Published on: February 20, 2008Salon.com
has a fascinating piece written by a doctor, Rahul K. Parikh, M.D., in which he notes that most physicians seem to be opposed to the in-store medical clinics that have become popular in retailers across America: “Their basic argument is that retail clinics run counter to the concept of ‘a medical home,’ a place where patients receive care for any and all of their problems. They worry that patients will have no sensible place to follow up their test results, and that putting a clinic in a mall or a Wal-Mart could expose shoppers to people with a contagious illness.
“The medical community needs a second opinion. Retail clinics are good for American healthcare. By giving doctors a run for their money, they force us to do something we don't do well: innovate. At their best, retail clinics can make doctors look like smart entrepreneurs instead of a self-interest group futilely trying to protect archaic ways of doing business.”
Essentially, Parikh makes the following points:
• Traditional medical practices “must measure success in terms of access, quality and cost,” but don't fare well in any of these areas. Access is a problem simply because most practices can't or won’t offer round-the-clock service or even extended hours. . “Costs keep rising and being shifted to consumers in the form of higher premiums, deductibles and co-pays,” he writes. And despite all the chest-beating about the superiority of the US health care system, there clearly are problems.
“Despite having the brightest medical minds and therapies, basic medical quality in America remains poor,” Parikh writes. “According to a 2004 report by the Government Accountability Office about Medicare preventive services, 30 percent of people over age 65 did not receive a flu vaccine and 37 percent had never had a pneumonia vaccine. Another example: In 2000, Medicare estimated that 6.6 million beneficiaries were never told by their doctor that they had high blood pressure.”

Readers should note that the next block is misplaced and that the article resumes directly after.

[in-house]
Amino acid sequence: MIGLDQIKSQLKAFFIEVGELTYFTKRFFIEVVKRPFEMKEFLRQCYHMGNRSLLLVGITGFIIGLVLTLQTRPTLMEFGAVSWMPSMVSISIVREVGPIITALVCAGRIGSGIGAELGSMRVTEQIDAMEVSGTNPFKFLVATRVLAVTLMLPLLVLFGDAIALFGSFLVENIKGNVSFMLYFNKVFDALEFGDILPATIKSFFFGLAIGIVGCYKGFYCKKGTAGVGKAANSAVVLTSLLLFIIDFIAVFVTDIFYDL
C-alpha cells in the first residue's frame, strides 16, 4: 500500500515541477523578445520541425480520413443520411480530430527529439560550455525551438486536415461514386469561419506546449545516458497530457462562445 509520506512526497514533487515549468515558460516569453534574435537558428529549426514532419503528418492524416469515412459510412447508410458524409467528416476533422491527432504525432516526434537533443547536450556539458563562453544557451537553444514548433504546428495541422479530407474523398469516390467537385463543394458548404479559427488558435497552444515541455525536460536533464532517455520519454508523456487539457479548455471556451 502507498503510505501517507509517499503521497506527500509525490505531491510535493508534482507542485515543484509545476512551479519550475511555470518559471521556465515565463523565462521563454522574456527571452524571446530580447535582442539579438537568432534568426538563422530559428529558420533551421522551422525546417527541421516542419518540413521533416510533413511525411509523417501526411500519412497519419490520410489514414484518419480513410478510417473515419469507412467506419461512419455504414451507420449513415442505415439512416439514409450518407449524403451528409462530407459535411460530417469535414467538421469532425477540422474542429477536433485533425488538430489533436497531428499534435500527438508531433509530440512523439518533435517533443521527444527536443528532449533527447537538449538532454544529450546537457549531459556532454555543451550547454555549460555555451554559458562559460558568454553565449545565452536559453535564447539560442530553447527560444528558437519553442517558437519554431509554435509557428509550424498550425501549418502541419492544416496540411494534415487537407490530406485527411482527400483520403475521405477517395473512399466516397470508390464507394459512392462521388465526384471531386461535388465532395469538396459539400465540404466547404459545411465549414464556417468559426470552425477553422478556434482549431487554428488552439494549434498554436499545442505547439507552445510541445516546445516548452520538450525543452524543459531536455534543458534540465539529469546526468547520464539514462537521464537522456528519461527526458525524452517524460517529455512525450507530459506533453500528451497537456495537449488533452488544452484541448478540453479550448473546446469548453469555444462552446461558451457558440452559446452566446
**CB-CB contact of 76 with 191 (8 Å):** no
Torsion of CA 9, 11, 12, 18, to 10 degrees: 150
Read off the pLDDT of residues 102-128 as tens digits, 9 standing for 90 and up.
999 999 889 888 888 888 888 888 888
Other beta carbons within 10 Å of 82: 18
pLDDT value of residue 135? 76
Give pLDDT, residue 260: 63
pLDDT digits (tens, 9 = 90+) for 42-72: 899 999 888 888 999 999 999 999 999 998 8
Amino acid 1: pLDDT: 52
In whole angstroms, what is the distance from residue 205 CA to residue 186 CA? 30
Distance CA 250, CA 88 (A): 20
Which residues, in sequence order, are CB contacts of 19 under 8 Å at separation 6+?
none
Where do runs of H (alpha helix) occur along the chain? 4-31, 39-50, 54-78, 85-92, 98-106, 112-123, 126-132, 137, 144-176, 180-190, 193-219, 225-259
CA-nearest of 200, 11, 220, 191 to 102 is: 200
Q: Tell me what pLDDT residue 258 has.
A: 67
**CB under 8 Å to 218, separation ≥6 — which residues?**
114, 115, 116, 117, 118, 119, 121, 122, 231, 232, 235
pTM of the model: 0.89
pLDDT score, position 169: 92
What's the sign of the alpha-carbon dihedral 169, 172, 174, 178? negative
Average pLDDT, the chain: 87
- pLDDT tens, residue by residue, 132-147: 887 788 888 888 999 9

• “On the other hand,” Parikh writes, “retail clinics are thriving. They provide excellent access. After all, what's more convenient than showing up any day, night or weekend to have your sore throat checked? No telephone time spent on hold trying to make an appointment, no shuffling your personal schedule to get there.
“Then there's cost. Retail clinics operate on a fee-for-service basis and don't accept insurance. Most charge a maximum of $50, which is significantly cheaper than the $100 plus your insurance company (or you, if you carry an increasingly popular high deductible insurance plan) will pay when see your doctor for the same concern. That relative savings makes retail clinics a great place to go if you're uninsured and have a minor medical problem. This desire to pay out of pocket is a not-so-subtle sign that consumers are asserting their purchasing power in the health sector, just as they would with other goods and services.”
The quality of care, Parikh suggests, may actually improve because of health clinics: “Retail clinics don't do everything. Literally, a customer has to choose what he or she wants from a menu of choices posted on a marquee. Choices are limited to simple, easy-to-handle medical problems like sore throats, allergies and cold sores or a request for routine flu or pneumonia vaccinations. No acute medical problems, like injuries or asthma, are addressed. All decisions are made using very strict decision trees, leaving no room to treat issues beyond or outside of them.”
In addition, given the state of technology today, it isn’t hard for these clinics to communicate with family doctors and medical practitioners … and, in fact, electronic medical records systems are making this easier all the time.
“Most important, by relegating minor complaints to the walk-in clinic, a doctor can be a doctor,” Parikh writes. “Many of us didn't get into this job to become ‘diaper-rash doctors,’ the kind who pack their day seeing patients with minor complaints to pay the bills. Yet after years of training and preparation, too many of us become just that. We simultaneously complain that we don't have the time to address the challenges that come with complex, chronic health issues, like obesity or childhood asthma. Adopting the retail model in-house could change the way we spend our time, allowing us to get back to practicing challenging and more satisfying medicine.”